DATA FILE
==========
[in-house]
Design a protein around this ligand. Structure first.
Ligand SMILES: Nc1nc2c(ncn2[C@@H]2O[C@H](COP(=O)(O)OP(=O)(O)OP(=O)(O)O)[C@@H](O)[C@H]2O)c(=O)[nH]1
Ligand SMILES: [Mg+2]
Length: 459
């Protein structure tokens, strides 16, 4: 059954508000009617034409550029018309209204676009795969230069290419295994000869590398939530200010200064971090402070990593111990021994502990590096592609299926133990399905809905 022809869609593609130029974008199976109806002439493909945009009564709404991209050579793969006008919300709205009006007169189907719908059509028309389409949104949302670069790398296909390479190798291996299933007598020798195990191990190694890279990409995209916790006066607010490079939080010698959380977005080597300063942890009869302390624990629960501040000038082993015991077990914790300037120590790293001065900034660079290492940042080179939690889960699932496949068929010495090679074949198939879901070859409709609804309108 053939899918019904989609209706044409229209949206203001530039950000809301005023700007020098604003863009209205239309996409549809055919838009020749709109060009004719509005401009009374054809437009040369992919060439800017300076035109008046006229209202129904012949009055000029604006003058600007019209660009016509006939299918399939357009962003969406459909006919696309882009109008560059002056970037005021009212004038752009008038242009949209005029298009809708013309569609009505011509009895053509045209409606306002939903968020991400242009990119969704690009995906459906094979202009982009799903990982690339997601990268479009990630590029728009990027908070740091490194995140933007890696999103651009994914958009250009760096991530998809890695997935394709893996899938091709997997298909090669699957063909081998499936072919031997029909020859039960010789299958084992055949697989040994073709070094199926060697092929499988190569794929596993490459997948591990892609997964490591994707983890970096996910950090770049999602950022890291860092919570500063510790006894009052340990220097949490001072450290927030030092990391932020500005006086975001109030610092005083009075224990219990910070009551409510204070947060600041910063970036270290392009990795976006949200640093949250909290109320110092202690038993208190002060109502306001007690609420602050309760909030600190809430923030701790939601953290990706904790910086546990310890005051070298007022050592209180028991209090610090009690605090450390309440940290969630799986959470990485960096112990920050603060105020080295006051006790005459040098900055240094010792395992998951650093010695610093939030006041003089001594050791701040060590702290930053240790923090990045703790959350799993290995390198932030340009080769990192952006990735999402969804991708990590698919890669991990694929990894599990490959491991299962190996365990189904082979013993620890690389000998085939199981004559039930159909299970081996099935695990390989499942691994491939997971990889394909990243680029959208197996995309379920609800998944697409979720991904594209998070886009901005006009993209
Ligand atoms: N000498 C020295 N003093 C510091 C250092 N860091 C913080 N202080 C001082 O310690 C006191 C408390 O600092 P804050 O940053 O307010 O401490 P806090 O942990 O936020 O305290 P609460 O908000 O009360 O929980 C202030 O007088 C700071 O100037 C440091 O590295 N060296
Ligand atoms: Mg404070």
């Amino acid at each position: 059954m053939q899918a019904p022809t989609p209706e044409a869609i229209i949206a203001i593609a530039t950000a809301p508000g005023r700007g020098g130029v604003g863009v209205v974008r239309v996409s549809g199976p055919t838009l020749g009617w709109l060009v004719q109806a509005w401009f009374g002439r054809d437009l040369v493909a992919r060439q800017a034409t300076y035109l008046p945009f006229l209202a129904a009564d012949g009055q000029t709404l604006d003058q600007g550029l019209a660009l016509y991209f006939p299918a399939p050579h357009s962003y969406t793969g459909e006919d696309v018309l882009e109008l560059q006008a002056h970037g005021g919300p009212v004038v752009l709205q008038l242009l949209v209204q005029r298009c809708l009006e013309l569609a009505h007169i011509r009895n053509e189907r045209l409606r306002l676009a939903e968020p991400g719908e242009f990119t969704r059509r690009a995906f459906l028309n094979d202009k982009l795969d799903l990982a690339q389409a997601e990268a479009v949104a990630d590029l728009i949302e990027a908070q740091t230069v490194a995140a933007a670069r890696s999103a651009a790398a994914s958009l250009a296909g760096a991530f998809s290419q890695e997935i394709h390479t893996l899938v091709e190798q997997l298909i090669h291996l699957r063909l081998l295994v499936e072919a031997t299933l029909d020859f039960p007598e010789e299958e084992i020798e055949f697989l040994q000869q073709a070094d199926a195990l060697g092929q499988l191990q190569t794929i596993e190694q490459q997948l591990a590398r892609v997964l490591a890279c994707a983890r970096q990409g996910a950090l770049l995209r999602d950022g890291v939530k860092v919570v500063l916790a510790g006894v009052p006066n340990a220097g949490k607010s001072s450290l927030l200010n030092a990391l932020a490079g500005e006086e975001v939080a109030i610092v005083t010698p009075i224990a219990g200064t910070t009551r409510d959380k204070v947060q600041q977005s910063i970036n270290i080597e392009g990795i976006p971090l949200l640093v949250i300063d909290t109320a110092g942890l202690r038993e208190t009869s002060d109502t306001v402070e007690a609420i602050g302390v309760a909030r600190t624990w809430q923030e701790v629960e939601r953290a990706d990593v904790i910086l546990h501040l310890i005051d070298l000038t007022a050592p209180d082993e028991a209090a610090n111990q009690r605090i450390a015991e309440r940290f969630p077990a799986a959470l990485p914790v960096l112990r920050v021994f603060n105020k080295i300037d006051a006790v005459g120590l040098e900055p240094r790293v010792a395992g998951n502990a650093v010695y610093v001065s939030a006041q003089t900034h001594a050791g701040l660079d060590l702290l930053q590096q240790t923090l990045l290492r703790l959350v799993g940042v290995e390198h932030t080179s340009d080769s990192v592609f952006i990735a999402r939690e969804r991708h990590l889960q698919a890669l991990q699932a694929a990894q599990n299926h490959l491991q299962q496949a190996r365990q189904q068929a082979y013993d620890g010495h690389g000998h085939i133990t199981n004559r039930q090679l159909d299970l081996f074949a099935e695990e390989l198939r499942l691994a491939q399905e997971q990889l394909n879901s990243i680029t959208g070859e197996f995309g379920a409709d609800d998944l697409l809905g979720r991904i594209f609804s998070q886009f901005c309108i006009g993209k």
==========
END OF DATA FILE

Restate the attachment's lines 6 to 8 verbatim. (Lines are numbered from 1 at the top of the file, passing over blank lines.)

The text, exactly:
């Protein structure tokens, strides 16, 4: 059954508000009617034409550029018309209204676009795969230069290419295994000869590398939530200010200064971090402070990593111990021994502990590096592609299926133990399905809905 022809869609593609130029974008199976109806002439493909945009009564709404991209050579793969006008919300709205009006007169189907719908059509028309389409949104949302670069790398296909390479190798291996299933007598020798195990191990190694890279990409995209916790006066607010490079939080010698959380977005080597300063942890009869302390624990629960501040000038082993015991077990914790300037120590790293001065900034660079290492940042080179939690889960699932496949068929010495090679074949198939879901070859409709609804309108 053939899918019904989609209706044409229209949206203001530039950000809301005023700007020098604003863009209205239309996409549809055919838009020749709109060009004719509005401009009374054809437009040369992919060439800017300076035109008046006229209202129904012949009055000029604006003058600007019209660009016509006939299918399939357009962003969406459909006919696309882009109008560059002056970037005021009212004038752009008038242009949209005029298009809708013309569609009505011509009895053509045209409606306002939903968020991400242009990119969704690009995906459906094979202009982009799903990982690339997601990268479009990630590029728009990027908070740091490194995140933007890696999103651009994914958009250009760096991530998809890695997935394709893996899938091709997997298909090669699957063909081998499936072919031997029909020859039960010789299958084992055949697989040994073709070094199926060697092929499988190569794929596993490459997948591990892609997964490591994707983890970096996910950090770049999602950022890291860092919570500063510790006894009052340990220097949490001072450290927030030092990391932020500005006086975001109030610092005083009075224990219990910070009551409510204070947060600041910063970036270290392009990795976006949200640093949250909290109320110092202690038993208190002060109502306001007690609420602050309760909030600190809430923030701790939601953290990706904790910086546990310890005051070298007022050592209180028991209090610090009690605090450390309440940290969630799986959470990485960096112990920050603060105020080295006051006790005459040098900055240094010792395992998951650093010695610093939030006041003089001594050791701040060590702290930053240790923090990045703790959350799993290995390198932030340009080769990192952006990735999402969804991708990590698919890669991990694929990894599990490959491991299962190996365990189904082979013993620890690389000998085939199981004559039930159909299970081996099935695990390989499942691994491939997971990889394909990243680029959208197996995309379920609800998944697409979720991904594209998070886009901005006009993209
Ligand atoms: N000498 C020295 N003093 C510091 C250092 N860091 C913080 N202080 C001082 O310690 C006191 C408390 O600092 P804050 O940053 O307010 O401490 P806090 O942990 O936020 O305290 P609460 O908000 O009360 O929980 C202030 O007088 C700071 O100037 C440091 O590295 N060296
Ligand atoms: Mg404070």